EL PASO COMMUNITY FOUNDATION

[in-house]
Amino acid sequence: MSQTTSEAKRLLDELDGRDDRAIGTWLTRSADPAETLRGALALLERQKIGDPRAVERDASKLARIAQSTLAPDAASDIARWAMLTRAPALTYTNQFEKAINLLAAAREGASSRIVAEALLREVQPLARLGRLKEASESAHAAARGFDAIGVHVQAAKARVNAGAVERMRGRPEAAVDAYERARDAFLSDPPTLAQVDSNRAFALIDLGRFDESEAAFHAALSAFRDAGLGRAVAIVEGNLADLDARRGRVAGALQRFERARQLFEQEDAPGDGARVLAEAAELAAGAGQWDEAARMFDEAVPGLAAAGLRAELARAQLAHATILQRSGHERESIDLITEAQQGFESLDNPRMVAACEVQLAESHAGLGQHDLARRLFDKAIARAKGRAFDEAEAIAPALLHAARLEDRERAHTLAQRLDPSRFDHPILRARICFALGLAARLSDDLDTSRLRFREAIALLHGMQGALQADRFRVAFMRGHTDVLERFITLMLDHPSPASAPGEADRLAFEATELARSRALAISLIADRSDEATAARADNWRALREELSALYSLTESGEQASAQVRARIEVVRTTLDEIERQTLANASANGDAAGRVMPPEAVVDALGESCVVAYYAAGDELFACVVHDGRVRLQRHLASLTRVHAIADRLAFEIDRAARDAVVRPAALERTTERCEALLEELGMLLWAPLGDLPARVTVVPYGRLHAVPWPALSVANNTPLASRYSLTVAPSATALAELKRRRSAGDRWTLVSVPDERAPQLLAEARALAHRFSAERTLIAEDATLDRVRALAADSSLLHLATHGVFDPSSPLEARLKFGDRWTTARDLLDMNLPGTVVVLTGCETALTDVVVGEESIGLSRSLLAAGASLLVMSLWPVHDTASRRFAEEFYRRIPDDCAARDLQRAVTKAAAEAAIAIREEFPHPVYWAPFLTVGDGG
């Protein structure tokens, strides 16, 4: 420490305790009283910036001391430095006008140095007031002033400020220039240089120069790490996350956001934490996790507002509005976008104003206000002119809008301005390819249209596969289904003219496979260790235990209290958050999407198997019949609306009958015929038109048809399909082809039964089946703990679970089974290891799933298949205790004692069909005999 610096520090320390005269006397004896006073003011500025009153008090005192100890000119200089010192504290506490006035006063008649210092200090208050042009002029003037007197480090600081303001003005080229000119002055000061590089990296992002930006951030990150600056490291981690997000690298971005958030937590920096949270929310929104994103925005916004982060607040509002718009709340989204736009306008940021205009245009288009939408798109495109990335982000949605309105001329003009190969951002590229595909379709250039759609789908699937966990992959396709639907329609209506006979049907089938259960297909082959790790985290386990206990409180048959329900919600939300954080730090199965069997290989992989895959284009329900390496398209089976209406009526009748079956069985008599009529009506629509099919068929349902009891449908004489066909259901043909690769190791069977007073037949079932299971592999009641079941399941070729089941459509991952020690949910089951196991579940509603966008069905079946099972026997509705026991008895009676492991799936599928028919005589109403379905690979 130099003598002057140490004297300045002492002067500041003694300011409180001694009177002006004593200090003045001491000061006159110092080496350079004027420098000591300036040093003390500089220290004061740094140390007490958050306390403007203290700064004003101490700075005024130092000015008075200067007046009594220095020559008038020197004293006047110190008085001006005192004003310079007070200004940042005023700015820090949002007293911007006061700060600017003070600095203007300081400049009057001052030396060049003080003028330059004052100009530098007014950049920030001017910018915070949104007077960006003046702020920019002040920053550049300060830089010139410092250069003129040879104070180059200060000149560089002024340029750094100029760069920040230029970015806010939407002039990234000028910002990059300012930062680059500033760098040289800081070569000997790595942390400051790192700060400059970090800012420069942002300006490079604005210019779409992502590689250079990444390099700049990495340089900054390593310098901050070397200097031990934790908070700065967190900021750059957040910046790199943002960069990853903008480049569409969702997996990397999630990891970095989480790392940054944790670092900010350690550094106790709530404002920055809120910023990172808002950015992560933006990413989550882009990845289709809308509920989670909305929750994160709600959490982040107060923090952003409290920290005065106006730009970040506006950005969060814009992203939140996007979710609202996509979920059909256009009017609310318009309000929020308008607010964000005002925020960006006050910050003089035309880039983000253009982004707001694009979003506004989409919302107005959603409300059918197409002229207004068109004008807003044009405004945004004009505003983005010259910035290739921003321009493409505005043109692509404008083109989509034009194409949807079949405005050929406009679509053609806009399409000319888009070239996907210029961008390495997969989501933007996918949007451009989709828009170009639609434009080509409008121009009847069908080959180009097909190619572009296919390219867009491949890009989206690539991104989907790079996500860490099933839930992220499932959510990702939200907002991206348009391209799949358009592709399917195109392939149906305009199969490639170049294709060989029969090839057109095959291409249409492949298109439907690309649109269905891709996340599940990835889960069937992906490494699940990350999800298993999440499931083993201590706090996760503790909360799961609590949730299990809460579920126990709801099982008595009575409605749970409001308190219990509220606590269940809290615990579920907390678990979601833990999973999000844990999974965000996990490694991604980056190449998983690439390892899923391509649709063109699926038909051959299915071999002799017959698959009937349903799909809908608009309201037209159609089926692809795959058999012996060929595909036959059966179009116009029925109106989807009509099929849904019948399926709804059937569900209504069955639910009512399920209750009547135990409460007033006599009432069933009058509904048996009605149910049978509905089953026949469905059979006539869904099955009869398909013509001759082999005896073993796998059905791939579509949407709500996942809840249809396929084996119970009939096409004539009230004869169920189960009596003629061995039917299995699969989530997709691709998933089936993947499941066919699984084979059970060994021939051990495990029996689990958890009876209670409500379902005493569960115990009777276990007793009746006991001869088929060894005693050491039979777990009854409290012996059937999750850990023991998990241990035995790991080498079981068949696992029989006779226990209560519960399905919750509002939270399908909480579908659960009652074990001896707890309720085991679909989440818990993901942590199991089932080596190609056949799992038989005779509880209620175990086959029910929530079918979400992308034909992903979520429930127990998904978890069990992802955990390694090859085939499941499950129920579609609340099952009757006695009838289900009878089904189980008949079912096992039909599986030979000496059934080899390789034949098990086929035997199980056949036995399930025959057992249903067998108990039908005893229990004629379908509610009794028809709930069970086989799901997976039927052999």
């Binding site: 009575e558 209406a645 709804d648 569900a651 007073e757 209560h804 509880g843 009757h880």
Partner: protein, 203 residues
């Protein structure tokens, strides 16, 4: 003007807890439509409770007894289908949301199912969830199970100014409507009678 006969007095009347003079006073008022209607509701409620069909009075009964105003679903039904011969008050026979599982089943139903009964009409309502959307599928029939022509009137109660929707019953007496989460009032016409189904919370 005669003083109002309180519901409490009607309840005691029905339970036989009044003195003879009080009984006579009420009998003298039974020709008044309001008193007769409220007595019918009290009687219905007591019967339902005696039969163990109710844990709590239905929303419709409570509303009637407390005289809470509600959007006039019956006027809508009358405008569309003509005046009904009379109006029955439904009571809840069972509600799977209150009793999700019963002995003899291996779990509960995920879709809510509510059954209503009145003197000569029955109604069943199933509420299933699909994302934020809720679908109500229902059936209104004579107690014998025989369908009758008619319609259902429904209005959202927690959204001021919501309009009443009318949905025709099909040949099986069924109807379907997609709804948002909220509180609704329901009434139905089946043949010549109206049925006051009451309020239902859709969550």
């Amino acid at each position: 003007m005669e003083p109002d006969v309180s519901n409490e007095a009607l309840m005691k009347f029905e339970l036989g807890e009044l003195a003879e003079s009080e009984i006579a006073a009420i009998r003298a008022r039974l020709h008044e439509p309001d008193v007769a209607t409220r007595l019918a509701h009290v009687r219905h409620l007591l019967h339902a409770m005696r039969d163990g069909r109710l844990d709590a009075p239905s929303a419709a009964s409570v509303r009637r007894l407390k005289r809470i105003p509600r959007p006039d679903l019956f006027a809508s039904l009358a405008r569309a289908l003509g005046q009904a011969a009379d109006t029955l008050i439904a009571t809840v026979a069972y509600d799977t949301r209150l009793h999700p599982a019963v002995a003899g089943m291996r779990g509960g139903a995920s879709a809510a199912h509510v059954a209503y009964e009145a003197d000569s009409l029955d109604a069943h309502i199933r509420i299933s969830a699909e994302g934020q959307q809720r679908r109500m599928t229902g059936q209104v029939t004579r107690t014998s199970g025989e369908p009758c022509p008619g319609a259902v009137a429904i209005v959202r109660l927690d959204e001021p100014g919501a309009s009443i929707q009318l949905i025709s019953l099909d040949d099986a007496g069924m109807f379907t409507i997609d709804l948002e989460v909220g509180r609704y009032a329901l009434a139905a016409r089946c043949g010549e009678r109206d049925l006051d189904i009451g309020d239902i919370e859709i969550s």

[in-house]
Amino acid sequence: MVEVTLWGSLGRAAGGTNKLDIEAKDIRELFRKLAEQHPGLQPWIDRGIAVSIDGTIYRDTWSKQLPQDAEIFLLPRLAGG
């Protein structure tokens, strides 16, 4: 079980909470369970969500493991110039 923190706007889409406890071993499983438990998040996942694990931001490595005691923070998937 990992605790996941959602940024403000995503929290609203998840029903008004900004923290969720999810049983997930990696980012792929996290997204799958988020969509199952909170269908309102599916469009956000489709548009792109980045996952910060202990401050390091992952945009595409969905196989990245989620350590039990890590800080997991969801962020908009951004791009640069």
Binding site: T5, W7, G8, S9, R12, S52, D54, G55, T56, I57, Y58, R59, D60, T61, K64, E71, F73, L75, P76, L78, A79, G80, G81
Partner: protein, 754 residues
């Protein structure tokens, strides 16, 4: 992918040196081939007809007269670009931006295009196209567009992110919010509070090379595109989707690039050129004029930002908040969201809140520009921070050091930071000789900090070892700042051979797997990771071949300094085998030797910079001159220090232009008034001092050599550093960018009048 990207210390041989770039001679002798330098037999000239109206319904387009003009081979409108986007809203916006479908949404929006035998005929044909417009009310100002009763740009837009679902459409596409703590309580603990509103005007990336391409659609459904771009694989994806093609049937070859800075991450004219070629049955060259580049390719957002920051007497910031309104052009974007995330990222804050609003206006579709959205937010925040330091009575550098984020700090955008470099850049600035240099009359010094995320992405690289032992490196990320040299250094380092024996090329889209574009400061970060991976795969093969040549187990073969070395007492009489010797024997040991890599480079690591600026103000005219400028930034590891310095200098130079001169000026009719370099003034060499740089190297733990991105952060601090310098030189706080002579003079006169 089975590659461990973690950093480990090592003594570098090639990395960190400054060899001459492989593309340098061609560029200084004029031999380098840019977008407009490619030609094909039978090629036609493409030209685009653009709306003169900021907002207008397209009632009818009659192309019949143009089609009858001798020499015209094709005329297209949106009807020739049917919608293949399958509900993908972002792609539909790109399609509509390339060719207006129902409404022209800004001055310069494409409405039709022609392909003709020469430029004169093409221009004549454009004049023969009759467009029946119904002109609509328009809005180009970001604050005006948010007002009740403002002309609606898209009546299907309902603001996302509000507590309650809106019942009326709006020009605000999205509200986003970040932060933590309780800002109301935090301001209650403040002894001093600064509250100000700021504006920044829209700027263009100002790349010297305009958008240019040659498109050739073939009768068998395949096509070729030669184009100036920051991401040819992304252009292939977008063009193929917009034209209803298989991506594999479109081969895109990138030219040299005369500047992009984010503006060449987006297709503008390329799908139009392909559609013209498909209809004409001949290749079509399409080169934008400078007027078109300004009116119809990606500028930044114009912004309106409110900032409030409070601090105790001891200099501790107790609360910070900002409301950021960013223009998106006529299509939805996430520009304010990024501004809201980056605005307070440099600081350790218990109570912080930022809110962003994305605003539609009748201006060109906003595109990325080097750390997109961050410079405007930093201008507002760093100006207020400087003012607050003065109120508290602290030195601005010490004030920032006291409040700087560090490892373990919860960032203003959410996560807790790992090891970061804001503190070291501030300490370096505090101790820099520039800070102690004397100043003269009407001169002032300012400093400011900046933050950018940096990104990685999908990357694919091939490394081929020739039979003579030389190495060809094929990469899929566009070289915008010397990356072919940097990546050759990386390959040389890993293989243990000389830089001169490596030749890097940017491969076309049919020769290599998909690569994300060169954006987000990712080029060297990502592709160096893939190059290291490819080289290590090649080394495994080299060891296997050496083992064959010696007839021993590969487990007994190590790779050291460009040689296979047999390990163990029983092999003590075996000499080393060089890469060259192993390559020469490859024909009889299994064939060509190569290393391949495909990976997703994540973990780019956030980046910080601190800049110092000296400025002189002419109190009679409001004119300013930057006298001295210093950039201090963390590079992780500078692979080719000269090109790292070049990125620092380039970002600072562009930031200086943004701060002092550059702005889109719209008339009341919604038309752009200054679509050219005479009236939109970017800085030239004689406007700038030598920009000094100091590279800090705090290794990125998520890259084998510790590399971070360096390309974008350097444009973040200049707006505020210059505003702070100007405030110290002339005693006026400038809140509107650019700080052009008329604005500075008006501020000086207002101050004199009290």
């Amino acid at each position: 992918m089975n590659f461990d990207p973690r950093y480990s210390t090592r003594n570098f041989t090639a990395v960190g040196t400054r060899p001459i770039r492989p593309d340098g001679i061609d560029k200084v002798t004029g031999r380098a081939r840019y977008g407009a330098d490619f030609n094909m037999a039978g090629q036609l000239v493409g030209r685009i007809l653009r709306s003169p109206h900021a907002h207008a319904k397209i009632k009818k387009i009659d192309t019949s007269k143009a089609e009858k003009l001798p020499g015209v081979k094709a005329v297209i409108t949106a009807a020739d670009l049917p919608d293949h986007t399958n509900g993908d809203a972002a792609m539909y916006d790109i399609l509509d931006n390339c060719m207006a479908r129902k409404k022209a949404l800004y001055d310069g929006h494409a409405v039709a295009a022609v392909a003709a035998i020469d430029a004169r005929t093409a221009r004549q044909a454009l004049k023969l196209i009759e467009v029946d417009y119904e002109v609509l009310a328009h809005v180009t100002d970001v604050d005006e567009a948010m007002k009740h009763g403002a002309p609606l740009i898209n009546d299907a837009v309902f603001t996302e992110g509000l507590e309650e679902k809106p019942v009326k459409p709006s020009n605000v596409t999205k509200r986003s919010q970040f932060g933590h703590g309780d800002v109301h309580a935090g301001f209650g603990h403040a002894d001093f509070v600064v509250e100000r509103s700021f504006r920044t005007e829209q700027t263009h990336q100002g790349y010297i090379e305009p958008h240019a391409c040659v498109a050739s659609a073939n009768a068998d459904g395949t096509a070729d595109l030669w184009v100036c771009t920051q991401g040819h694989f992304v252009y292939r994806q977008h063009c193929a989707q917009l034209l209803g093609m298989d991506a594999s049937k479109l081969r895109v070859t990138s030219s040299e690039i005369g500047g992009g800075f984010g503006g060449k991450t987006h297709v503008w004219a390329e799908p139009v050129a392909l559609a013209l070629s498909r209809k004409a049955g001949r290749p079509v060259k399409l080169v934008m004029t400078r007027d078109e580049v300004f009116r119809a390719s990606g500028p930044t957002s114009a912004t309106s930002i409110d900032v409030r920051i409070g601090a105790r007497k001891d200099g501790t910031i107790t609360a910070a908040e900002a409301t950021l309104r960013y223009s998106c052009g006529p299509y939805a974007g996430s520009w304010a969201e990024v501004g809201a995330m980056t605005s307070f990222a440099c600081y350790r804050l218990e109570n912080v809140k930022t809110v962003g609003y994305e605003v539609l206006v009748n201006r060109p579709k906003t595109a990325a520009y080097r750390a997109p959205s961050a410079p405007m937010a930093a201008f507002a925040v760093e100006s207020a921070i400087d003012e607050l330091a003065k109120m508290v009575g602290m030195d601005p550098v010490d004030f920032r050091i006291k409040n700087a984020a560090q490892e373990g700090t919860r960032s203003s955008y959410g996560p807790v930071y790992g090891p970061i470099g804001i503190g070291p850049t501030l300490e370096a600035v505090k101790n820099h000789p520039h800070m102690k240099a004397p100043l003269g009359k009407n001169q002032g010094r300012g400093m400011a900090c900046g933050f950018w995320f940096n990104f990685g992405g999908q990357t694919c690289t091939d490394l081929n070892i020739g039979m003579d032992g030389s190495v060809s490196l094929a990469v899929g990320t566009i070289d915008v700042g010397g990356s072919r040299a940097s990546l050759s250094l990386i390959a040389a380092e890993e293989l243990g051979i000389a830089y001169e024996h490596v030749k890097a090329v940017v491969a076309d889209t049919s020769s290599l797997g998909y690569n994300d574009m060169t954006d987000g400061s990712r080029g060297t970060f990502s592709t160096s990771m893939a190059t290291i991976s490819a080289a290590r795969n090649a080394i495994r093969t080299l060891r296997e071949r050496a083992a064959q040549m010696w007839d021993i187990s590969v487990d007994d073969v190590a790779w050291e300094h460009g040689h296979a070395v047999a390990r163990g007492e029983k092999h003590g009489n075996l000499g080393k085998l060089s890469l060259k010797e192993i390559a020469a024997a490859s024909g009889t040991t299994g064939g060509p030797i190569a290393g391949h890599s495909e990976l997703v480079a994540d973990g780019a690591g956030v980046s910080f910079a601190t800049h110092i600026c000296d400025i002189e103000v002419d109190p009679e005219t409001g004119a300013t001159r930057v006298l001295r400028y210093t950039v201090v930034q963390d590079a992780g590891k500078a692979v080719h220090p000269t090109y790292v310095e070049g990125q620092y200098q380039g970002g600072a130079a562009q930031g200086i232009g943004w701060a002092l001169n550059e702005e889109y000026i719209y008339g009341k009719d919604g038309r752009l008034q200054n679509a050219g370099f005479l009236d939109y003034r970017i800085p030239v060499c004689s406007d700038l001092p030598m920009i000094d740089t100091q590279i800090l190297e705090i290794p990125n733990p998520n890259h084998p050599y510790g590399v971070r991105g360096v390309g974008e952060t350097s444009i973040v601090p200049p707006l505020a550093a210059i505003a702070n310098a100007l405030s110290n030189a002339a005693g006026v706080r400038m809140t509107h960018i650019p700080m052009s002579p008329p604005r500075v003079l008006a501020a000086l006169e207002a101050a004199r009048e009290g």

EL PASO COMMUNITY FOUNDATION. The El Paso Community Foundation, established in 1977, is an independent, publicly supported, nonprofit philanthropic organization based in El Paso. As a community foundation, it manages a permanent collection of endowed funds for the benefit of its geographic area. In the early 1990s its assets stood at $23 million. In 1991 a bequest from media businessman Karl O. Wyler, Sr., gave a majority holding of stock in several television and radio stations to the Community Foundation's affiliated foundation, the Glyn Wyler and Karl O. Wyler, Sr., Foundation. The El Paso Community Foundation's fourteen-member board of trustees reflects the demographic makeup of the area, which is predominantly Hispanic; in 1992 six of the board members were Mexican nationals or Mexican Americans. The foundation staff includes a president, two vice presidents, a development director, an accountant, a bookkeeper, and a secretary. The foundation is closely connected to Mexico: each year it receives substantial donations from Mexican citizens, and its trustees make grants to projects on both sides of the border. Janice Windle, foundation president during the early 1990s, held that its internationalism was inevitable in El Paso's geographic context. In the early 1990s foundation emphases included education and environmental protection. A major endeavor was the Lower Valley Water Authority Project. The project, implemented under the auspices of the foundation, five local banks, and the El Paso County Lower Valley Water District Authority, provides loans to residents of colonias on the outskirts of El Paso to be spent on obtaining access to clean water. The foundation makes its grants "to protect and enhance the unique resources of El Paso-its diversity of race and culture, its richness of artistic creation and appreciation, and the beauty and quality of its desert: land, air and water, so that these resources may be enjoyed now and in the future."